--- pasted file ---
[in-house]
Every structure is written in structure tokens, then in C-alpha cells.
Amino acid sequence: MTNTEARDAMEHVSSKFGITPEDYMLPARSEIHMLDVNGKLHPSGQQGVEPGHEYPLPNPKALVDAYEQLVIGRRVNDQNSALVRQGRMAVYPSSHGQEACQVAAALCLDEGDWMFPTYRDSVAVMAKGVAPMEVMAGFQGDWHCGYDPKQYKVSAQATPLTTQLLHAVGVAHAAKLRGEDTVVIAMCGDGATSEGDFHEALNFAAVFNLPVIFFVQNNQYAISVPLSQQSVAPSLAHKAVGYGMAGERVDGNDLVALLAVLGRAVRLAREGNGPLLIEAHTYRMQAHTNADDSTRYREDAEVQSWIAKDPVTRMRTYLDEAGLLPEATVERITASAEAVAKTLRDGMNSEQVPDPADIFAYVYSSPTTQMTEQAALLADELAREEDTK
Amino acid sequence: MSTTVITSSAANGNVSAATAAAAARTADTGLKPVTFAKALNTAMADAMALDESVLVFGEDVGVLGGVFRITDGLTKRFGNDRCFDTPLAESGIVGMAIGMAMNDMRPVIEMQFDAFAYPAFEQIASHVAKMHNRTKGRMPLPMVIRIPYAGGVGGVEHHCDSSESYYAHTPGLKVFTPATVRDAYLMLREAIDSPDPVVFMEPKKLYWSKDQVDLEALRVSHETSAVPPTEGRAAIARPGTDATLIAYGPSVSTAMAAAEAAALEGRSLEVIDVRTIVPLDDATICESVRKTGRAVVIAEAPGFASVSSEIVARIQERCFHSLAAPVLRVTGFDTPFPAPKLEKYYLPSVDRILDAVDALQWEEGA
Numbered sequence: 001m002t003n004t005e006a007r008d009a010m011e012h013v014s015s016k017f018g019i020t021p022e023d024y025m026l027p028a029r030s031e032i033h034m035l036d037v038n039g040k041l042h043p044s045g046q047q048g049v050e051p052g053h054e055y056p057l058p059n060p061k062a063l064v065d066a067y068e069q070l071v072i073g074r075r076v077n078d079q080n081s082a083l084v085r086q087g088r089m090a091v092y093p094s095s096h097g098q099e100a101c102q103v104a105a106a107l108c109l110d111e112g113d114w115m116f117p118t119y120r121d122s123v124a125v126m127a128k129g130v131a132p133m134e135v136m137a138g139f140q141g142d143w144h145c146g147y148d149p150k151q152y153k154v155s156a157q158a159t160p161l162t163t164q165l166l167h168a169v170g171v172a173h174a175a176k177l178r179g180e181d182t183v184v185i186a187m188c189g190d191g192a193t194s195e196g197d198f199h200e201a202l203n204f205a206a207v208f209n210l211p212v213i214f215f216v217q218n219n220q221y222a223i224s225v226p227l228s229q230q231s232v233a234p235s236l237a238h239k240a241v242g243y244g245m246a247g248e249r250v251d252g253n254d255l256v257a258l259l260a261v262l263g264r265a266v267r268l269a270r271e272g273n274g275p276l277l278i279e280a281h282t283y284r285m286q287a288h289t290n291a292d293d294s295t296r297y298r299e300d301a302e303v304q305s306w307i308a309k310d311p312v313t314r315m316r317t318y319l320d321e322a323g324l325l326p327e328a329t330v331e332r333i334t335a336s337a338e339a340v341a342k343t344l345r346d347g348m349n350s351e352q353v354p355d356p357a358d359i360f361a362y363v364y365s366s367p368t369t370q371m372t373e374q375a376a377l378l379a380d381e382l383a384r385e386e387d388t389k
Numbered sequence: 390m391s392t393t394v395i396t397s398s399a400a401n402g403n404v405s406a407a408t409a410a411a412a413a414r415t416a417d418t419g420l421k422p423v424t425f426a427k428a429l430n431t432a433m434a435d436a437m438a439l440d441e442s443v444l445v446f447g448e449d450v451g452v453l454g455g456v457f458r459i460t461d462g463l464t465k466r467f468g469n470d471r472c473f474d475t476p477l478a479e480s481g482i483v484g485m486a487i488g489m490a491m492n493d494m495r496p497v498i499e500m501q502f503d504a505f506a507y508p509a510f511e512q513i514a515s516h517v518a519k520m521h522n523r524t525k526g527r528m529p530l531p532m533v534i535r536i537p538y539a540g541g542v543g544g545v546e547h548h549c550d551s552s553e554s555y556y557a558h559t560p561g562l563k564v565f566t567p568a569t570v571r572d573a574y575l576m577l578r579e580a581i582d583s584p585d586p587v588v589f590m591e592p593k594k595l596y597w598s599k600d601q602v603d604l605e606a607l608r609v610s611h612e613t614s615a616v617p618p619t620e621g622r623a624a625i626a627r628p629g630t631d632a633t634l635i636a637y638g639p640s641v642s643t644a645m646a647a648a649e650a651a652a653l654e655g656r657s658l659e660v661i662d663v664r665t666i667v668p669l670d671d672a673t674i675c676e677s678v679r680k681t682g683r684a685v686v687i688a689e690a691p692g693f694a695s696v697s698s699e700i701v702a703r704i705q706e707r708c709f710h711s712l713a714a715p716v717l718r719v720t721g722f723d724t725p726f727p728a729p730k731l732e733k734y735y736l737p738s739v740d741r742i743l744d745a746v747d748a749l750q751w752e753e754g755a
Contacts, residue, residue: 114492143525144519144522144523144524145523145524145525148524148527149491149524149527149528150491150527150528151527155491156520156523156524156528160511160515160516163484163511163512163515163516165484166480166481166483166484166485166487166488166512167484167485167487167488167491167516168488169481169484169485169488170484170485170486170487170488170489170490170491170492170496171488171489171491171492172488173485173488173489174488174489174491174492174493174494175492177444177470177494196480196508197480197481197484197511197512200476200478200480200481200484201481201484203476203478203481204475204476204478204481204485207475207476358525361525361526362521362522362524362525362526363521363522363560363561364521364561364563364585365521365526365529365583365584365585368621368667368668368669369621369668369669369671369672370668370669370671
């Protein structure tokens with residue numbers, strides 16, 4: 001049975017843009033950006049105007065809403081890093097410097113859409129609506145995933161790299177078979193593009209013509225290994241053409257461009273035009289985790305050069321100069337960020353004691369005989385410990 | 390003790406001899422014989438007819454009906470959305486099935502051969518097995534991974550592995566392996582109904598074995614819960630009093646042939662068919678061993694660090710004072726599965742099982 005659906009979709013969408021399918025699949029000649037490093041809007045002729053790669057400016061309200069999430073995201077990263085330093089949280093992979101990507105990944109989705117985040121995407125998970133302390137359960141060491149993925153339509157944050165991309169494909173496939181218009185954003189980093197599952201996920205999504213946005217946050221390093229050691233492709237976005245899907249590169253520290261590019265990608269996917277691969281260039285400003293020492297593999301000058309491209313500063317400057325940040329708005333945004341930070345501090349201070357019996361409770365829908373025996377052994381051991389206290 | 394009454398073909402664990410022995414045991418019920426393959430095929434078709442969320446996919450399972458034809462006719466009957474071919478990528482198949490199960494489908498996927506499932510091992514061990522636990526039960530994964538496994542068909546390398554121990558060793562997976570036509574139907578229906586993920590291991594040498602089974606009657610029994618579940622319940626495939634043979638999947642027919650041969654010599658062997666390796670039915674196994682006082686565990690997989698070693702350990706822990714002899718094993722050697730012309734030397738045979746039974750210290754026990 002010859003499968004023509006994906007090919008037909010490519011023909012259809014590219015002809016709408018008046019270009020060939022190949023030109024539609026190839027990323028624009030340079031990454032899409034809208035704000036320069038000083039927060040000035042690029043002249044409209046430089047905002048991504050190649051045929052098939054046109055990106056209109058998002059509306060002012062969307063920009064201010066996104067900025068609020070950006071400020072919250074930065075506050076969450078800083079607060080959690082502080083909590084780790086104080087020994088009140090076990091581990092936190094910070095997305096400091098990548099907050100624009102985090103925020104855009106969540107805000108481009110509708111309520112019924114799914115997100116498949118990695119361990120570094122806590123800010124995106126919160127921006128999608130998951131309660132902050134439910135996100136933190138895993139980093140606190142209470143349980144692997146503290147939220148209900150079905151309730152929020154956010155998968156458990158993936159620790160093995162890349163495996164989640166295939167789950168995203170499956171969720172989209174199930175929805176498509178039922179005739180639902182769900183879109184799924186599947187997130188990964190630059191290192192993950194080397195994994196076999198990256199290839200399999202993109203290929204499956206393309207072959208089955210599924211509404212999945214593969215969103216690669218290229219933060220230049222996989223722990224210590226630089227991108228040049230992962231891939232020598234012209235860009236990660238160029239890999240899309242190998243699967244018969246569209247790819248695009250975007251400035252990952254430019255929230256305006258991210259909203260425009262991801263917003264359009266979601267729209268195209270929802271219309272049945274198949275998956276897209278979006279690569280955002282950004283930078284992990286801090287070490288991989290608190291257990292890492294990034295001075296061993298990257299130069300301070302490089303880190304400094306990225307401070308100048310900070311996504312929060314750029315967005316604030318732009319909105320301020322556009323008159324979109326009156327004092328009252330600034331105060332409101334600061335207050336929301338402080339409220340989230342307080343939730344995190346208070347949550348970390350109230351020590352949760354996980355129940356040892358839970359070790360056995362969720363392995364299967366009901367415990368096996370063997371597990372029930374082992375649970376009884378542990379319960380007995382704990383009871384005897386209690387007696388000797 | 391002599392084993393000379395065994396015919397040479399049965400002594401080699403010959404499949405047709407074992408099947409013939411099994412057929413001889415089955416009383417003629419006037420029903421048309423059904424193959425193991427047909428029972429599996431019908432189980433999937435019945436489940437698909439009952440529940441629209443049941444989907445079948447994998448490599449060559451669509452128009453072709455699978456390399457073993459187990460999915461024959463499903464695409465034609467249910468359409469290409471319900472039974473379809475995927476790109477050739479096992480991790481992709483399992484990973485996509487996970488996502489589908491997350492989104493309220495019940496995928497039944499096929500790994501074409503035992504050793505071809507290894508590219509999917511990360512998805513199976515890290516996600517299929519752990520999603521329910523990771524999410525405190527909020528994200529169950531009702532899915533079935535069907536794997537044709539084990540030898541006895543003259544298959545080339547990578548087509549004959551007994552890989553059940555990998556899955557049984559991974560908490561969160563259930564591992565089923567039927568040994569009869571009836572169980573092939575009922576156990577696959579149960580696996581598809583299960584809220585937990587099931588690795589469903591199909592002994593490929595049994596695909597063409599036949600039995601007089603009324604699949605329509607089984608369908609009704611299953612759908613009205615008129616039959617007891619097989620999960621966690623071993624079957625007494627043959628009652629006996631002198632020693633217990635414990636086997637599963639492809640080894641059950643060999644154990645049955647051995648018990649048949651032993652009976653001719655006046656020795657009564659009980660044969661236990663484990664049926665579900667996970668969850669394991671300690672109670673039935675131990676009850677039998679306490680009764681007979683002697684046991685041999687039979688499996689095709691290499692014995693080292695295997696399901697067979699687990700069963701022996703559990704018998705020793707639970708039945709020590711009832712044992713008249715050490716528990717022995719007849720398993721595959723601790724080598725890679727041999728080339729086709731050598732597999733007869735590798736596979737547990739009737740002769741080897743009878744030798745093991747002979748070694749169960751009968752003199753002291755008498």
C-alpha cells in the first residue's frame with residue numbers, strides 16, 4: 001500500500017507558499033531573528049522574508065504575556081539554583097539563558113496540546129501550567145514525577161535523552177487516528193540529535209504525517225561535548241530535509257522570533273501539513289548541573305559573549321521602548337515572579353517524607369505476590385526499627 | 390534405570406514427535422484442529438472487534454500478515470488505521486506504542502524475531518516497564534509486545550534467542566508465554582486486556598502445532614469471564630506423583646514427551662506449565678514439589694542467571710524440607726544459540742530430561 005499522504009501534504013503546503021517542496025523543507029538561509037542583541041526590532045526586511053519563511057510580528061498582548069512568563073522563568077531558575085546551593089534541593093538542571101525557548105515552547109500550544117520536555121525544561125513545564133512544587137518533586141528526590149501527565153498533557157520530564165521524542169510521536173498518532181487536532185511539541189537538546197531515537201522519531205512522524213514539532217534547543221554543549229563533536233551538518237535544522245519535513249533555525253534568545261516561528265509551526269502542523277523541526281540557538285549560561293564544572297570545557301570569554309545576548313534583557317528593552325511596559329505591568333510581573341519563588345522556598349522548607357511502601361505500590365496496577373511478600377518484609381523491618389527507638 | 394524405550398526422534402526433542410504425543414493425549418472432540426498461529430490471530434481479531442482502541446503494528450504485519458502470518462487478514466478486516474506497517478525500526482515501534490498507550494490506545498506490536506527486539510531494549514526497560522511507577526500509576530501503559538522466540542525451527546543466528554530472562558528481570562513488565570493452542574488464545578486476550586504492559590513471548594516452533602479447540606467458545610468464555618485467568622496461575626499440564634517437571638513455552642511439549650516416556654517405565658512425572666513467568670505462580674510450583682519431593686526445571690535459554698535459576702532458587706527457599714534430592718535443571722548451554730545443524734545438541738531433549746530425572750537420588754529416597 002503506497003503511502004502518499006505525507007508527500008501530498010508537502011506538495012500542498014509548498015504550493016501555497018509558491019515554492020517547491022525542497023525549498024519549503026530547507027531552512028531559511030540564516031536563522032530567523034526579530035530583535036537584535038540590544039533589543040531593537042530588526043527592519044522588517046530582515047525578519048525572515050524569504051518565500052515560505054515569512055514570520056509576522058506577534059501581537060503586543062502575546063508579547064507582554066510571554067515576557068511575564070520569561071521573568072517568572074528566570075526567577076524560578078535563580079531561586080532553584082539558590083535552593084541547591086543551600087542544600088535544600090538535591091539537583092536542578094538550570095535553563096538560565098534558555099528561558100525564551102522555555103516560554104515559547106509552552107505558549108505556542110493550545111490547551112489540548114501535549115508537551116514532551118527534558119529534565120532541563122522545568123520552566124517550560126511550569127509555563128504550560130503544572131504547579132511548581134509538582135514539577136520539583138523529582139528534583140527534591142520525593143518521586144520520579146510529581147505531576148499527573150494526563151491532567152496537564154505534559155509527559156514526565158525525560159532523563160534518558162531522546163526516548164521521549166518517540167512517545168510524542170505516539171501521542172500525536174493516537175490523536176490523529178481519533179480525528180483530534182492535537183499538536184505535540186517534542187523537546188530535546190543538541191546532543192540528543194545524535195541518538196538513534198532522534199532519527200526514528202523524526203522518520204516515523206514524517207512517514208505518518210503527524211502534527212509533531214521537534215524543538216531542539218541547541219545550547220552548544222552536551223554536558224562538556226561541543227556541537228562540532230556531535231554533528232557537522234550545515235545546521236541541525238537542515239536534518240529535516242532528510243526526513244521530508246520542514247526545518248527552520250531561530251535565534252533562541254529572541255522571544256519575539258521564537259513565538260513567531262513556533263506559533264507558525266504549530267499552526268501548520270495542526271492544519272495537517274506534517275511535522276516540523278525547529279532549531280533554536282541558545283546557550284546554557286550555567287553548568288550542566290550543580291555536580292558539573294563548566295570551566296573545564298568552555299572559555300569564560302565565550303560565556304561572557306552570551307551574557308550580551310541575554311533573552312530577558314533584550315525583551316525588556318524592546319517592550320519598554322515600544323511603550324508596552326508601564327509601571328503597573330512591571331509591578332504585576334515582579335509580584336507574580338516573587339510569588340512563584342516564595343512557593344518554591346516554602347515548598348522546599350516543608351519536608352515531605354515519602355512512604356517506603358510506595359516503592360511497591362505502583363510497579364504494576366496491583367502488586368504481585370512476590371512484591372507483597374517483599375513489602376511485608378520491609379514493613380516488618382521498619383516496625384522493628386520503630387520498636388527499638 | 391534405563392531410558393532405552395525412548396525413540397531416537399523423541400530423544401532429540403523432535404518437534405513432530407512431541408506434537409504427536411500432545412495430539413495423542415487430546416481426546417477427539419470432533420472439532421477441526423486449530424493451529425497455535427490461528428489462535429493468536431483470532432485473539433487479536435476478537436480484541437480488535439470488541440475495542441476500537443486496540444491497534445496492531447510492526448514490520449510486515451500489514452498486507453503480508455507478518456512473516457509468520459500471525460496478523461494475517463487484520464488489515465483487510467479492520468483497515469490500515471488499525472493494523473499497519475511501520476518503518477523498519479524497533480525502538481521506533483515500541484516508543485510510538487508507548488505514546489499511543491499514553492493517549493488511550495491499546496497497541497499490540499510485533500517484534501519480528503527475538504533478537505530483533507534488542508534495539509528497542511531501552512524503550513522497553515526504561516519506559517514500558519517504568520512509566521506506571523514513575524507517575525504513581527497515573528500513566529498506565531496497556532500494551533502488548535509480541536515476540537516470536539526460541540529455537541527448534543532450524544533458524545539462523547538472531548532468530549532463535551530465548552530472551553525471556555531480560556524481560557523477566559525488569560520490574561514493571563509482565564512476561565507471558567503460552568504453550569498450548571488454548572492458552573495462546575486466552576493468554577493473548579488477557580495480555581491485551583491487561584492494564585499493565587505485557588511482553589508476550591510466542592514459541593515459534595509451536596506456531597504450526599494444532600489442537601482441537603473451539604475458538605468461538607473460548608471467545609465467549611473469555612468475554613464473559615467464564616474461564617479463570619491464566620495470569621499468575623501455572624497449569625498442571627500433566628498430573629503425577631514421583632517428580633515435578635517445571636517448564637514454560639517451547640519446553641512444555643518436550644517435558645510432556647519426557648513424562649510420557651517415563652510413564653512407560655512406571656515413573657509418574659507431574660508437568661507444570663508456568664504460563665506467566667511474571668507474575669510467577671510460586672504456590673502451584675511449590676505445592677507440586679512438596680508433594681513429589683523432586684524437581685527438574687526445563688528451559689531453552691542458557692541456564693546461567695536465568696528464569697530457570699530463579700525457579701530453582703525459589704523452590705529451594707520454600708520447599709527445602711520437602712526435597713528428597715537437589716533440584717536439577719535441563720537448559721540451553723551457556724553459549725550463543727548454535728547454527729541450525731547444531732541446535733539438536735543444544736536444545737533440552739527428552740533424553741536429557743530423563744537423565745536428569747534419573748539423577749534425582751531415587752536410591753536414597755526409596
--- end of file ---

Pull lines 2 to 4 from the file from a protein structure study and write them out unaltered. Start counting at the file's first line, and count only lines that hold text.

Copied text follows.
Every structure is written in structure tokens, then in C-alpha cells.
Amino acid sequence: MTNTEARDAMEHVSSKFGITPEDYMLPARSEIHMLDVNGKLHPSGQQGVEPGHEYPLPNPKALVDAYEQLVIGRRVNDQNSALVRQGRMAVYPSSHGQEACQVAAALCLDEGDWMFPTYRDSVAVMAKGVAPMEVMAGFQGDWHCGYDPKQYKVSAQATPLTTQLLHAVGVAHAAKLRGEDTVVIAMCGDGATSEGDFHEALNFAAVFNLPVIFFVQNNQYAISVPLSQQSVAPSLAHKAVGYGMAGERVDGNDLVALLAVLGRAVRLAREGNGPLLIEAHTYRMQAHTNADDSTRYREDAEVQSWIAKDPVTRMRTYLDEAGLLPEATVERITASAEAVAKTLRDGMNSEQVPDPADIFAYVYSSPTTQMTEQAALLADELAREEDTK
Amino acid sequence: MSTTVITSSAANGNVSAATAAAAARTADTGLKPVTFAKALNTAMADAMALDESVLVFGEDVGVLGGVFRITDGLTKRFGNDRCFDTPLAESGIVGMAIGMAMNDMRPVIEMQFDAFAYPAFEQIASHVAKMHNRTKGRMPLPMVIRIPYAGGVGGVEHHCDSSESYYAHTPGLKVFTPATVRDAYLMLREAIDSPDPVVFMEPKKLYWSKDQVDLEALRVSHETSAVPPTEGRAAIARPGTDATLIAYGPSVSTAMAAAEAAALEGRSLEVIDVRTIVPLDDATICESVRKTGRAVVIAEAPGFASVSSEIVARIQERCFHSLAAPVLRVTGFDTPFPAPKLEKYYLPSVDRILDAVDALQWEEGA